Guitarist Marco Minà presents a world première recording of the two guitar sonatas by H.W. Henze in his are edition based on the original manuscript. Along with the CD comes a DVD documentary film on Henze's life at Villa La Leprara near Rome.
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In 1990, guitarist Marco Minà met Hans Werner Henze, which was no easy task, even though they lived quite close to each other. Minà had studied the guitar at the 'G. Verdi' Conservatory in Milan and was completing his studies in Aesthetics and History of Music at 'La Sapienza' University in Rome. At the time, he was preparing his thesis on the Royal Winter Music, which he had already performed several times. While performing the work for the Maestro at that time, he already wondered and shared with him the hypothesis of some "foreign bodies" in the printed score. This first meeting was followed by many others both at Villa La Leprara, Henze's home in Marino, and in London, where among other things Henze listened to the Sonata II in Minà's interpretation at St Martin-in-the-Fields. On several occasions the guitarist was also invited by Henze to play in concerts at La Leprara.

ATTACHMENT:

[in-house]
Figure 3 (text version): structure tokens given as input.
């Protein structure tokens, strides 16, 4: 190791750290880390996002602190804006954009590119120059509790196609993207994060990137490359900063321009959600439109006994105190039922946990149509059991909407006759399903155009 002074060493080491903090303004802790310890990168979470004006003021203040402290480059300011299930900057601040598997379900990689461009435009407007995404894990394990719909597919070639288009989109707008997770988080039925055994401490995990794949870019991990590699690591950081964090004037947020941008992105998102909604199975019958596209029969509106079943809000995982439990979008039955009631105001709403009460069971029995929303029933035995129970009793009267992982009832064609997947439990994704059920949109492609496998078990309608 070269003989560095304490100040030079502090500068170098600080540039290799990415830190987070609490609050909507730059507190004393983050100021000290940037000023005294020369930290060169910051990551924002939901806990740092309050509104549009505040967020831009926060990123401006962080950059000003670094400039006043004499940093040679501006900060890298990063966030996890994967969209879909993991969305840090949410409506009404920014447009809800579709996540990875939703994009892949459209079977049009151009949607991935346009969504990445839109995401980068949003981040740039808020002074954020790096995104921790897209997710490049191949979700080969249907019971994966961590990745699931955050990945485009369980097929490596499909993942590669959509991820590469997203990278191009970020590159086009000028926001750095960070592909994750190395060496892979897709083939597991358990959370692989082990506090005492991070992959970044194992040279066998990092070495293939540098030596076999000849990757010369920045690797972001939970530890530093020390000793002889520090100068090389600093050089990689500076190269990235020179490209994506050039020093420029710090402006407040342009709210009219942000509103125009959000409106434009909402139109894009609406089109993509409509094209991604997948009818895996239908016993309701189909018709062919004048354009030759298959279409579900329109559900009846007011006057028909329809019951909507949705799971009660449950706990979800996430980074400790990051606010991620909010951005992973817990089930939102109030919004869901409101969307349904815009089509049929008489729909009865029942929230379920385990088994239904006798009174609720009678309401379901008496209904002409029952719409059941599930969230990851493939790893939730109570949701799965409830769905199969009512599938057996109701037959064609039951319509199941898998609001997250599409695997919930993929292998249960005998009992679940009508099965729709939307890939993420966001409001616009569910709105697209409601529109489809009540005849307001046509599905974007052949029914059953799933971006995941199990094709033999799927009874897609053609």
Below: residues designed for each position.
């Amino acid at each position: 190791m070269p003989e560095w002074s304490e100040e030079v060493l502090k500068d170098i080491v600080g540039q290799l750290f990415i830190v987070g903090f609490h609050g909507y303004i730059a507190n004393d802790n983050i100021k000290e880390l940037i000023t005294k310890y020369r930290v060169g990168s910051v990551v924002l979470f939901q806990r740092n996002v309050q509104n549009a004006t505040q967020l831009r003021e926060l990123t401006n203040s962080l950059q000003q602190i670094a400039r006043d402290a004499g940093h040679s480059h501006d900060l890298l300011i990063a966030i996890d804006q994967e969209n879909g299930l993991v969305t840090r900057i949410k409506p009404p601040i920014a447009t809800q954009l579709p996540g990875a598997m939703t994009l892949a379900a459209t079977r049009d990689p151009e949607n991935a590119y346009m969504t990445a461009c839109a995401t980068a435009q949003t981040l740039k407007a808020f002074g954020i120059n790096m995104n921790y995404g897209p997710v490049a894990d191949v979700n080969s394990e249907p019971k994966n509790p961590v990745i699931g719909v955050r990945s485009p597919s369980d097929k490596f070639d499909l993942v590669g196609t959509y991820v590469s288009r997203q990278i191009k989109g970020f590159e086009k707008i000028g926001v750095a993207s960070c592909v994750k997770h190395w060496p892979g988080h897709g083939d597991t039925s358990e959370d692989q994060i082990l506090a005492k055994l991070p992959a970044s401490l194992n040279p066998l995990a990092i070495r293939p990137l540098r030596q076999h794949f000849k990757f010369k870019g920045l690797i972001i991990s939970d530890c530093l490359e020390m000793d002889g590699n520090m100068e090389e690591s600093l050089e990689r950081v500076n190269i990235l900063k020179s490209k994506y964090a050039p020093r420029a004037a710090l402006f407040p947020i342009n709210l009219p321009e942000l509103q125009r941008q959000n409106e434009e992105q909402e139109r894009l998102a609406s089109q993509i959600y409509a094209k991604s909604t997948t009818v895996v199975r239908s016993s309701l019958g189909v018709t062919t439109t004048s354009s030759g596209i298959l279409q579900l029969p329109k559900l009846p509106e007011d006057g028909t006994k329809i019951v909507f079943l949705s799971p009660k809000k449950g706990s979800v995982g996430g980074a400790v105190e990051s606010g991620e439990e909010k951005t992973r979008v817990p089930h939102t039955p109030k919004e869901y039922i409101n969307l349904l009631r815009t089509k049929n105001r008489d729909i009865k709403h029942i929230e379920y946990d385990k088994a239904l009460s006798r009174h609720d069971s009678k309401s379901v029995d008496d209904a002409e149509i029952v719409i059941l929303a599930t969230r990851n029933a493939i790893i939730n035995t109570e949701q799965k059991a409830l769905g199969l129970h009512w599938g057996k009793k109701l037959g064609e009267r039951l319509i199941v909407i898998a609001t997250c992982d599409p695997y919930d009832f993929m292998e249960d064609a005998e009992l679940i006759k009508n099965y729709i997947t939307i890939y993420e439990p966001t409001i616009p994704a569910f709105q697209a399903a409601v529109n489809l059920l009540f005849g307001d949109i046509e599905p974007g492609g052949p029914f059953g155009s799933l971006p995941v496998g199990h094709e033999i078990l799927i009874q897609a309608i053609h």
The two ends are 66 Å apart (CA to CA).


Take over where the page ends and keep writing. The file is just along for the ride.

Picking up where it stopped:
Like other colleagues before him, Minà, in planning the recording, went to study the autograph of the Royal Winter Music at the Paul Sacher Foundation in Basel. The planned one day study turned into a whole week of intense work because of the sensational discoveries made seeing the manuscript, among the most obvious being the exchange, in Sonata I, between the third and fourth movements, Ariel and Ophelia. This was followed by the discovery of over 300 further changes made by Bream and Evers to the autograph, which partly affected the atmosphere of the music and the character of the portrayed Shakespearean characters. These weretherefore serious interventions in the dramaturgical and narrative architecture of Henze's music. The notes had often been modified in such a way as to render the original musical structure partially unrecognisable.